Great news: Twitter is finally stepping up its efforts to protect users against spam and phishing attacks. The company has announced today on its blog that from now on, all links submitted to Twitter will be routed through a service that detects bad links and prevents their spreading.
For now, the service will focus on Direct Messages and on emails announcing direct messages, since that’s where most of the phishing attacks have been taking place.
Personally, I never ever click a link in a Twitter direct message – even if the message is from a trusted friend, since you never know if the account has been hacked. I tell friends that the best way to reach me and to send me material is through email and not via Twitter DMs. I’ve seen many Twitter accounts who state in their bio that they don’t respond to direct messages – I’m sure many people have simply disabled direct messages notices and want absolutely nothing to do with those.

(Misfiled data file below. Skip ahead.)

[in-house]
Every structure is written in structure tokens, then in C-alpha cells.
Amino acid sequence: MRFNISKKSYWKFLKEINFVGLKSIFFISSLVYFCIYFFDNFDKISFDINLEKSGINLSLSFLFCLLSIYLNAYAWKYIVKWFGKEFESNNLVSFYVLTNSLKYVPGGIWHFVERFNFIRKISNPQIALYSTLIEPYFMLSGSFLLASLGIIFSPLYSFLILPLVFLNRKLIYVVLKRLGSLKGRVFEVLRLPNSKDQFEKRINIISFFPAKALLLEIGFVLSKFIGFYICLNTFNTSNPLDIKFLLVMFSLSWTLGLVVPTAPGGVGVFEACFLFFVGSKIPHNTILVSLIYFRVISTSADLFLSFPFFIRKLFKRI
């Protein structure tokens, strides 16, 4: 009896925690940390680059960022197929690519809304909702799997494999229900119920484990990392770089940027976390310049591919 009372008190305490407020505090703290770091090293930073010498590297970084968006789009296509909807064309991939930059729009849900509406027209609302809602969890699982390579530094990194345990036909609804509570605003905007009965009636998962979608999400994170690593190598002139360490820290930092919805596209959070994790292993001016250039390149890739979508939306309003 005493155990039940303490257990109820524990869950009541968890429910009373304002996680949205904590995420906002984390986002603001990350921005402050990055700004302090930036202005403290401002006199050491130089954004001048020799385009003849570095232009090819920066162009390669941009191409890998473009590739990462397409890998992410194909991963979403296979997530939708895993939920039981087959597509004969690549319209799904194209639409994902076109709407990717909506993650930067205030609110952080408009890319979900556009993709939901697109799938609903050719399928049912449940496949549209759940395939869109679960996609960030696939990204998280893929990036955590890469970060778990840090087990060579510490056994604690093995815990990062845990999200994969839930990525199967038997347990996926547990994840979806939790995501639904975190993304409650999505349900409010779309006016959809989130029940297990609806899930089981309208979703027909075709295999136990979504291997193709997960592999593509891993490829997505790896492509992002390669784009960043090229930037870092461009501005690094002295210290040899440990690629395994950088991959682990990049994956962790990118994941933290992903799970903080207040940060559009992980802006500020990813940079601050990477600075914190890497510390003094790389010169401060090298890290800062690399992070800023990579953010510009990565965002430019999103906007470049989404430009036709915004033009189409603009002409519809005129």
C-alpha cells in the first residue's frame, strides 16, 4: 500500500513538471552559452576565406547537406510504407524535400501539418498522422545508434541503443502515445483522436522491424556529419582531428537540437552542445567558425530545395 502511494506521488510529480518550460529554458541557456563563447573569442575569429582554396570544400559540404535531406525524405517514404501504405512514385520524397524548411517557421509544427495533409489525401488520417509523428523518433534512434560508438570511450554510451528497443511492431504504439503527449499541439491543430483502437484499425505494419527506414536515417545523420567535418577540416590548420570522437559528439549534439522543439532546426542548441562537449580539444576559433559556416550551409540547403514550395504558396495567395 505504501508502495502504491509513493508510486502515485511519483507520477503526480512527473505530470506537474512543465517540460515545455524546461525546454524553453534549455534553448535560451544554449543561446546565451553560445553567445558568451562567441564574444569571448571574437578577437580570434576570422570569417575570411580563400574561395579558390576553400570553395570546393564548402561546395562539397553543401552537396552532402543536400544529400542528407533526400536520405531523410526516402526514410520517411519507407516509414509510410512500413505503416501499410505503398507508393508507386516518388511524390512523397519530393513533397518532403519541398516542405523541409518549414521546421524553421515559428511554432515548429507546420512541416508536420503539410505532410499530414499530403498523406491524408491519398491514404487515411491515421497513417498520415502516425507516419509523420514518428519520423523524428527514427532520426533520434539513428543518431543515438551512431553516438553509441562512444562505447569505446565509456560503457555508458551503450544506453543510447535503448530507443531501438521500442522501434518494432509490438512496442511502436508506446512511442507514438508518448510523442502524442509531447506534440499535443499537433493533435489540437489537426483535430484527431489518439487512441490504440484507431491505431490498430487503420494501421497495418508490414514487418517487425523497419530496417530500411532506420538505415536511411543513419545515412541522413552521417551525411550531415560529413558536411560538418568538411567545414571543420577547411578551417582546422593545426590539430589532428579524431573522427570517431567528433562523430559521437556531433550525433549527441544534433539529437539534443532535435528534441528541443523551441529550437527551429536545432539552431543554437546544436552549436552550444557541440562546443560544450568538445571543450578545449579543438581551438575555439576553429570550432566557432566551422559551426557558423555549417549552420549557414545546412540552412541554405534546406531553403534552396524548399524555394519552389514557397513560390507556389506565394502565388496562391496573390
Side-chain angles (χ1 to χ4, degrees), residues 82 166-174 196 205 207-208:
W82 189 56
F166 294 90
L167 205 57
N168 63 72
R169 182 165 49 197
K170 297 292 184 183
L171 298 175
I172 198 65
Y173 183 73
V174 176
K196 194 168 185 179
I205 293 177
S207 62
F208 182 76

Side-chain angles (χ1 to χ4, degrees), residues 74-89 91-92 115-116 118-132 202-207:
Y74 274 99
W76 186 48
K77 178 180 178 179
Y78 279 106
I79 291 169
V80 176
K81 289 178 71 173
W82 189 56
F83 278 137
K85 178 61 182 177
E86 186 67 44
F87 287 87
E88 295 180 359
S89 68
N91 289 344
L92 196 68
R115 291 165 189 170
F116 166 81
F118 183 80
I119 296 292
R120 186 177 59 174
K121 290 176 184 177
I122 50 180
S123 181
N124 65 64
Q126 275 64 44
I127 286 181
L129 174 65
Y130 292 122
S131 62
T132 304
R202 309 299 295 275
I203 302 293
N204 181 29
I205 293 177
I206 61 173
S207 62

I wonder if this recent development will change things and make direct messages useful again, or if people have become so weary of them that it’s a lost battle. Regardless, I’m happy to see Twitter taking the phishing issue seriously and protecting their users against it.